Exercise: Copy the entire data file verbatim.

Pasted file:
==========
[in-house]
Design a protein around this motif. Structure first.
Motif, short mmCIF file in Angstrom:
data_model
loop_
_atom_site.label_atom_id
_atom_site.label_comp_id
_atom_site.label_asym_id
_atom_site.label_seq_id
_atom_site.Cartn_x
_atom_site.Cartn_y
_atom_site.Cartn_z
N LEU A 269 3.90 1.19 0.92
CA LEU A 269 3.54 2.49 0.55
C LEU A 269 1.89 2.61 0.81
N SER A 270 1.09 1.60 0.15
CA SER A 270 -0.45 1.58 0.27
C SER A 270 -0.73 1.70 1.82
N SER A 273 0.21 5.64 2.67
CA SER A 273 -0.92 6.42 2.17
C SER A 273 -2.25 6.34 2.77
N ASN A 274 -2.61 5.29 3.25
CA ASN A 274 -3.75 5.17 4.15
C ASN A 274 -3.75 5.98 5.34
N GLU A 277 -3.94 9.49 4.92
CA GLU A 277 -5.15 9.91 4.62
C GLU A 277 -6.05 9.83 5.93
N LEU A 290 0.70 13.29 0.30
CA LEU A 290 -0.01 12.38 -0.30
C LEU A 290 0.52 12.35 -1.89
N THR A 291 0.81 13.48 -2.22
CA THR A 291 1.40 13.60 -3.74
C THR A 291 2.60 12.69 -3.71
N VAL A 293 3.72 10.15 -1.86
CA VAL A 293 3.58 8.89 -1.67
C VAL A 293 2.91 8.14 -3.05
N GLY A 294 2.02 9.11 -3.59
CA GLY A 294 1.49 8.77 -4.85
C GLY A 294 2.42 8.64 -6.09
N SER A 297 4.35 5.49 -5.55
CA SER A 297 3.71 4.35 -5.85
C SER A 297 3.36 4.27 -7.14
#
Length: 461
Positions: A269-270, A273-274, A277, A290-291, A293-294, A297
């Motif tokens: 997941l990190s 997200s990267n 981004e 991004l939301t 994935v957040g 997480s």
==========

[in-house]
Design a protein around this motif. Structure first.
Motif, short mmCIF file in Angstrom:
data_model
loop_
_atom_site.label_atom_id
_atom_site.label_comp_id
_atom_site.label_asym_id
_atom_site.label_seq_id
_atom_site.Cartn_x
_atom_site.Cartn_y
_atom_site.Cartn_z
N LEU A 269 3.90 1.19 0.92
CA LEU A 269 3.54 2.49 0.55
C LEU A 269 1.89 2.61 0.81
N SER A 270 1.09 1.60 0.15
CA SER A 270 -0.45 1.58 0.27
C SER A 270 -0.73 1.70 1.82
N SER A 273 0.21 5.64 2.67
CA SER A 273 -0.92 6.42 2.17
C SER A 273 -2.25 6.34 2.77
N ASN A 274 -2.61 5.29 3.25
CA ASN A 274 -3.75 5.17 4.15
C ASN A 274 -3.75 5.98 5.34
N GLU A 277 -3.94 9.49 4.92
CA GLU A 277 -5.15 9.91 4.62
C GLU A 277 -6.05 9.83 5.93
N LEU A 290 0.70 13.29 0.30
CA LEU A 290 -0.01 12.38 -0.30
C LEU A 290 0.52 12.35 -1.89
N THR A 291 0.81 13.48 -2.22
CA THR A 291 1.40 13.60 -3.74
C THR A 291 2.60 12.69 -3.71
N VAL A 293 3.72 10.15 -1.86
CA VAL A 293 3.58 8.89 -1.67
C VAL A 293 2.91 8.14 -3.05
N GLY A 294 2.02 9.11 -3.59
CA GLY A 294 1.49 8.77 -4.85
C GLY A 294 2.42 8.64 -6.09
N SER A 297 4.35 5.49 -5.55
CA SER A 297 3.71 4.35 -5.85
C SER A 297 3.36 4.27 -7.14
#
Length: 461
Positions: A269-270, A273-274, A277, A290-291, A293-294, A297
């Motif tokens: 997941l990190s 997200s990267n 981004e 991004l939301t 994935v957040g 997480s």